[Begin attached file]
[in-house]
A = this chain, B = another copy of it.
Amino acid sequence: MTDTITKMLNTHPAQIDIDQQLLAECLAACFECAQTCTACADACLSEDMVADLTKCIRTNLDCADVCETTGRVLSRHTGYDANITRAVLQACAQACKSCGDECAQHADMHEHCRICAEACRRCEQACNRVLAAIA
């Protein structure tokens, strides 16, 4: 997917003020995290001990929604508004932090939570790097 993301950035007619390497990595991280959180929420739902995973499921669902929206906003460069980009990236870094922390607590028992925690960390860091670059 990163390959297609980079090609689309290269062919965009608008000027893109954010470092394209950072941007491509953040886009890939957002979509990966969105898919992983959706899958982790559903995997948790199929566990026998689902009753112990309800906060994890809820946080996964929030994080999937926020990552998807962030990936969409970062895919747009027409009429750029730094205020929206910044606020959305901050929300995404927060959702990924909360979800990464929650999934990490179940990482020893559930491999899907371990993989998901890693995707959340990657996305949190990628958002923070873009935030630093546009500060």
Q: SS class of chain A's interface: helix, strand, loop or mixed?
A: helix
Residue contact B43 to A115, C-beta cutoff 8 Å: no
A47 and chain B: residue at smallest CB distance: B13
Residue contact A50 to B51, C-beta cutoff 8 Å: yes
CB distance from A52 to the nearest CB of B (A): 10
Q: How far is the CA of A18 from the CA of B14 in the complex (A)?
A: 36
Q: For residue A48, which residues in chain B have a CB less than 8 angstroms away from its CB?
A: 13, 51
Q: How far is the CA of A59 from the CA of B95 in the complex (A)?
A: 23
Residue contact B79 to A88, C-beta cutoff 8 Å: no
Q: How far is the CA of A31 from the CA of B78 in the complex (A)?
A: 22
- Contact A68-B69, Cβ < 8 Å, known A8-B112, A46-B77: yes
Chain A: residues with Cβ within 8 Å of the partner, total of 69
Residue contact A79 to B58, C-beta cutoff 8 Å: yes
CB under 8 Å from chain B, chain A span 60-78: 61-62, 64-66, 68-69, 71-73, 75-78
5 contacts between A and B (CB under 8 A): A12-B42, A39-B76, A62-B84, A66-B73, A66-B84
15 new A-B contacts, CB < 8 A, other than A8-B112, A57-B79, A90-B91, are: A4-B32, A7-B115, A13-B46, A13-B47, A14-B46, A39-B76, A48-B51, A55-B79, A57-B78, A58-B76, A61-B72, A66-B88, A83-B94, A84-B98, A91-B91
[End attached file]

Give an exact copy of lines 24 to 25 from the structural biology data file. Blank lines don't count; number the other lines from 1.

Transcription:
5 contacts between A and B (CB under 8 A): A12-B42, A39-B76, A62-B84, A66-B73, A66-B84
15 new A-B contacts, CB < 8 A, other than A8-B112, A57-B79, A90-B91, are: A4-B32, A7-B115, A13-B46, A13-B47, A14-B46, A39-B76, A48-B51, A55-B79, A57-B78, A58-B76, A61-B72, A66-B88, A83-B94, A84-B98, A91-B91